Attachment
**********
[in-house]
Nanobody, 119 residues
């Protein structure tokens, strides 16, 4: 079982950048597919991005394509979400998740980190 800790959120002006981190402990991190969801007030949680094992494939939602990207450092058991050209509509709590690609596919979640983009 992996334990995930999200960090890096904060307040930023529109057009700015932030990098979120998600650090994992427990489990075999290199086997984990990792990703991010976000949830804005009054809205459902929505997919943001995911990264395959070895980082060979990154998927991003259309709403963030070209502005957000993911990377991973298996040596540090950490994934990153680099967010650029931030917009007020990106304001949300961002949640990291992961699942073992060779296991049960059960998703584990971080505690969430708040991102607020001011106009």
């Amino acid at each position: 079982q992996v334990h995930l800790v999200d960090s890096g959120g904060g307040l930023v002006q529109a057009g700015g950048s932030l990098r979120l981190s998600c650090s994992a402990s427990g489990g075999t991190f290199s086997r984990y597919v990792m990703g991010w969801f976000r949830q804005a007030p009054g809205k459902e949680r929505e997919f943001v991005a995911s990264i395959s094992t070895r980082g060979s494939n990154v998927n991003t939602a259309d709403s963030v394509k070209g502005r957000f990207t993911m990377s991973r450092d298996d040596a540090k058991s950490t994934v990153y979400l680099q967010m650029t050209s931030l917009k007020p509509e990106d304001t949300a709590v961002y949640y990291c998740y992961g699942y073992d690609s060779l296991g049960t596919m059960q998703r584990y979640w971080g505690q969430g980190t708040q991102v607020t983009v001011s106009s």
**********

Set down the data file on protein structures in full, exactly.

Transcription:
[in-house]
Nanobody, 119 residues
């Protein structure tokens, strides 16, 4: 079982950048597919991005394509979400998740980190 800790959120002006981190402990991190969801007030949680094992494939939602990207450092058991050209509509709590690609596919979640983009 992996334990995930999200960090890096904060307040930023529109057009700015932030990098979120998600650090994992427990489990075999290199086997984990990792990703991010976000949830804005009054809205459902929505997919943001995911990264395959070895980082060979990154998927991003259309709403963030070209502005957000993911990377991973298996040596540090950490994934990153680099967010650029931030917009007020990106304001949300961002949640990291992961699942073992060779296991049960059960998703584990971080505690969430708040991102607020001011106009």
């Amino acid at each position: 079982q992996v334990h995930l800790v999200d960090s890096g959120g904060g307040l930023v002006q529109a057009g700015g950048s932030l990098r979120l981190s998600c650090s994992a402990s427990g489990g075999t991190f290199s086997r984990y597919v990792m990703g991010w969801f976000r949830q804005a007030p009054g809205k459902e949680r929505e997919f943001v991005a995911s990264i395959s094992t070895r980082g060979s494939n990154v998927n991003t939602a259309d709403s963030v394509k070209g502005r957000f990207t993911m990377s991973r450092d298996d040596a540090k058991s950490t994934v990153y979400l680099q967010m650029t050209s931030l917009k007020p509509e990106d304001t949300a709590v961002y949640y990291c998740y992961g699942y073992d690609s060779l296991g049960t596919m059960q998703r584990y979640w971080g505690q969430g980190t708040q991102v607020t983009v001011s106009s």